Old-time variety returns to Blackpool, with a new face

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The Independent Culture

But attempts to revive this once-proud tradition will culminate tonight in the opening of a National Theatre of Variety in its natural capital, Blackpool. The seaside town's elegant Grand Theatre, which has staged variety since it was built to the design of the Victorian theatre architect Frank Matcham in 1894, has been selected as the national theatre's home.

It will include a centre of excellence where new generations of variety performers will train and perform, an archive of the genre, which has roots in 18th and 19th-century "song taverns" and pub "harmonic rooms", an annual conference and variety festival.

The centre's creation is the culmination of five years' work by the Equity union, which established a task force to examine how to nurture and celebrate variety traditions, still manifest in street art, contemporary circus and stand-up comedy. The task force, including Jo Brand, Jimmy Cricket and Tony Robinson, found there was no venue to celebrate the "home-grown" art of variety.

The new archive provides a glimpse of some of variety's most famous acts, whose work became best known through programmes such as Sunday Night at the London Palladium and the BBC's The Good Old Days, which was broadcast for 30 years from the Leeds City Varieties Theatre until its demise in 1983. Many household names owe their careers to the latter, including Ken Dodd, Barbara Windsor, Roy Hudd, Jimmy Cricket, Les Dawson, and Leonard Sachs, who fronted it.

But Equity insists the new theatre will also capitalise on a new-found public appetite for the burlesque and a more edgy kind of variety show is drawing big audiences. Few of the new faces are more talked about than Nina Conti, daughter of Tom, the actor, with her acerbic monkey, who have taken ventriloquism to parts Keith Harris and Orville never reached.

Ms Conti is a favourite of Mat Whitley and Milly Sanders, whose Medium Rare company stages louche, rowdy and hugely popular variety nights in London. The A-list audience reportedly includes Sting and Trudi Styler, Liberty Ross and Gillian Anderson.

Other examples of the new vaudeville success on the nightclub scene include the burlesque Whoopee Club and Duckie, a variety experience described as a "post-gay" cabaret which blends burlesque, music, comedy and performance art, which has played from the Barbican and the new De La Warr pavilion in Bexhill-on-Sea, an establishment built in 1935.

"Variety is alive and well," said Martin Brown, a spokesman for Equity. "It has changed enormously over the years, with performers breathing new life into old acts. The opening of the national museum is a dream come true for us but the last thing we want it to be is a museum of variety. It is something that will go with variety into the future."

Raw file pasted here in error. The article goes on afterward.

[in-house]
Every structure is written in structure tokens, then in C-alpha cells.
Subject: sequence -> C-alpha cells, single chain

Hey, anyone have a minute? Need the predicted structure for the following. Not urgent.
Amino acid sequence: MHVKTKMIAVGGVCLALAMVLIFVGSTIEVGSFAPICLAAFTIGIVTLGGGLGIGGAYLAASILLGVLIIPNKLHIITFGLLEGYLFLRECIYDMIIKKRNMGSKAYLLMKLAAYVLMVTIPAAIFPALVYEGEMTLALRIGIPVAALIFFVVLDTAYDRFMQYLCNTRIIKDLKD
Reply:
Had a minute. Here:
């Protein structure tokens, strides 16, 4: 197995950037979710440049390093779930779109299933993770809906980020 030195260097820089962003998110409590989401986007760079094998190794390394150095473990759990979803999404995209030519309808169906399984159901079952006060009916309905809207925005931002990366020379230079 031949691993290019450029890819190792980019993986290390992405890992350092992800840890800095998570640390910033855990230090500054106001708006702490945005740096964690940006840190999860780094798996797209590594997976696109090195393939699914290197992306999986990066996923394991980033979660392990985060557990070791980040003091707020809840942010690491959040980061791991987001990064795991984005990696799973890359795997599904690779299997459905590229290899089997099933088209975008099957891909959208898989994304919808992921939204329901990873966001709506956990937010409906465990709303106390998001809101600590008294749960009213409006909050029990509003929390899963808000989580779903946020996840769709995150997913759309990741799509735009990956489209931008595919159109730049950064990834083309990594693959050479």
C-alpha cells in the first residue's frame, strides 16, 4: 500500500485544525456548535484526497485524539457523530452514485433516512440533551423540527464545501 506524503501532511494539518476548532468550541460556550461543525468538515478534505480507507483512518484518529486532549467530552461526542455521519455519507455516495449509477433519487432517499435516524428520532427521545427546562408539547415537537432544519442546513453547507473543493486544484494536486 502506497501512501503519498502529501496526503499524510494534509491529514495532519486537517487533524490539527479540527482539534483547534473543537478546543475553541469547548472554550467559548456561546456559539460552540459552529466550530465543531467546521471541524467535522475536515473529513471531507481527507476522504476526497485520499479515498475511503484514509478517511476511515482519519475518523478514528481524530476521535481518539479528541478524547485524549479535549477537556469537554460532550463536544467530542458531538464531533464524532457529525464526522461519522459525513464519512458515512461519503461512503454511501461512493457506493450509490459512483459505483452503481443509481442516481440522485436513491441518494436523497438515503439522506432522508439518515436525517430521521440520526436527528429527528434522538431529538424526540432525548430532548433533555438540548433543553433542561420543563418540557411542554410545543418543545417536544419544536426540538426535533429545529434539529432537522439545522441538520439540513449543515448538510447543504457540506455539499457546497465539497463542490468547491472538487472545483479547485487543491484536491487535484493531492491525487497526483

The timing of the theatre's opening has a particular resonance in Blackpool, where 22,000 variety tickets a night were once sold at the height of the summer season. A hundred years ago today, the founding father of the town's variety traditions, William Henry Broadhead, established the Variety Artistes' Federation, which later became part of Equity. Broadhead, who also became mayor, converted a swimming baths into his first theatre and eventually ran 16.

Bernie Clifton, Syd Little and Frank Carson will launch the national theatre tonight.

Greats of the stage

* Lydia Thompson

Signed up by PT Barnum in 1867 and headed for New York with her burlesque troupe. They were a huge hit with their scantily clad performers but the US press turned on them, calling them "indecent".

* Bob Hope

British-born Hope started winning prizes by impersonating Charlie Chaplin, then got spotted by the comedian Fatty Arbuckle and got steady work with Hurley's Jolly Follies. Then Hope formed the Dancemedians with the Hilton Sisters - conjoined twins who had a tap-dancing routine.

* Max Wall

Best remembered for his ludicrously attired Professor Wallofski. Blacklisted by several music halls after leaving his wife for another woman but re-established himself through his Evening with Max Wall show.

* Jimmy Cricket

With his catchphrase, "And there's more", he worked as a Butlin's Redcoat before tuning his act in Northern variety clubs and making it to TV.

* Keith Harris and Orville

Started out playing a ventriloquist's dummy on his father's knee for £20 per weekend. Made it to TV between 1982 and 1990 and now doing well at Butlin-type shows.

* Nina Conti

Her sidekick is an edgy monkey with negative opinions of nature programmes and great impression of Helena Bonham Carter in Planet of the Apes. After just seven months of practising her ventriloquism, Conti won a BBC Talent New Comedy award in 2002.